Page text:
Breaking Trail

Posted by Ken Campbell February 28, 2008 0 Comment 432 views
Over the past 20 years or so, I have been fortunate to spend many hours and days on the Olympic Peninsula, one of the most beautiful and engaging spots on Earth. I have thought to myself on more than one occasion that, if I could only go to one place, if all my future explorations and adventures had to be limited to one specific spot, that this would be it. It is no exaggeration to say that a person could spend a lifetime here and still not see it all; I’ve been at it for a long time now and I still feel as though I’ve barely scratched the surface of what the Olympic Peninsula really is all about. And I am getting older.

Despite its proximity to populated areas, the Olympic Peninsula remained terra incognita until well into the 20th century. There were villages and towns along the coast and local tribes had lived along the fringes of the land for centuries, but the interior of the peninsula was completely unknown until the late 1800’s, when the first white men crossed the high mountain passes. Even today, in the hustle and clamor of this modern world, the real Olympic Peninsula remains something of a mystery to most. Its wild rivers, snow-covered mountains and pristine shores are still lightly traveled and largely unknown, even to those who regularly spend time in the outdoors.

The name of this blog is taken from a book of the same name, written by historian Murray Morgan, first published in 1955. “The fist of land thrust north between Puget Sound and the Pacific Ocean,” he called it. “The first land in the Pacific Northwest to be reported by explorers, the last to be mapped – the last wilderness.” Morgan was a great writer; he knew what he was talking about. The wild wonder is still there, even after all the empty years that have come and gone since the Europeans made contact with the Makah, since the Press Party expedition of 1892 and since the blank spots on the map have all been filled in.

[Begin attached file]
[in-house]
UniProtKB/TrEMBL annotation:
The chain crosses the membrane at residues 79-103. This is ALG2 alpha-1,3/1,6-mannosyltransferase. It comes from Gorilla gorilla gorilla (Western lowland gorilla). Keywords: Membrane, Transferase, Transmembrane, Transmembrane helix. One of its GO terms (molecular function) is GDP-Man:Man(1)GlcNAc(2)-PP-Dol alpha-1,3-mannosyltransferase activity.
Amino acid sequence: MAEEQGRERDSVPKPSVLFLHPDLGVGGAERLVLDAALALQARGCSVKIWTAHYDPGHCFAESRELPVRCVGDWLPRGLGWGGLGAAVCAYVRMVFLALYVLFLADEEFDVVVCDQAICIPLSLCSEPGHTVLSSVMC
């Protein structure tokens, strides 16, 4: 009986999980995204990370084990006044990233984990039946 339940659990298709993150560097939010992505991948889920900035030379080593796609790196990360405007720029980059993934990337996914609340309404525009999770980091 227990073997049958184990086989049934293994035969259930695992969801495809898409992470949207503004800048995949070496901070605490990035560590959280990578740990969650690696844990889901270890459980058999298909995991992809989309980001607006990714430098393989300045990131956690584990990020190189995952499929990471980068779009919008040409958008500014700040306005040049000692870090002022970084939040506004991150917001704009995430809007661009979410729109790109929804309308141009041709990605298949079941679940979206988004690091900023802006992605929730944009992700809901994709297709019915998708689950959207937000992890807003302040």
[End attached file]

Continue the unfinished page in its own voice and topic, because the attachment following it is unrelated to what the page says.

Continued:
But just because you know where the river flows doesn’t mean you’ve tasted the water. Knowledge of the region, if it is confined to maps and excerpts from the yellowing pages of some forgotten explorer’s journal, is not worth much. It is one thing to know that the elevation of Mount Olympus is 7,965 feet and it is quite another to have stood on that summit, to have gazed into the sun-polished waters of the distant Pacific while the alpine wind whistled past your ears.
For me, I have decided to spend the next few years (for starters), chasing that Olympic wind. There are so many places I still need to see, must see, and it seems that time is running, always running. I don’t know how this site will grow and change… in my mind at this moment it is simply a scratch pad, a wall against which ideas are flung. The ones that stick, maybe they are good ideas. Maybe they will come to life somehow.
This is a travelogue, a journal. It is a collection of poems and snapshots, a faded scrapbook filled with odd-shaped cuttings and pressed posies. A random series of portraits, done in mercury ink, of people you’ve never seen before, yet who seem somehow familiar. It is a trip planning tool, like a set of dividers or an old National Geographic magazine. Sometimes, it is the bathroom wall in a small town working-man’s bar, sporting an idiom and vocabulary not recommended for mixed (or mixed-up), company. It is an attempt to know, to really know, a place, and the wild nature that still remains there.

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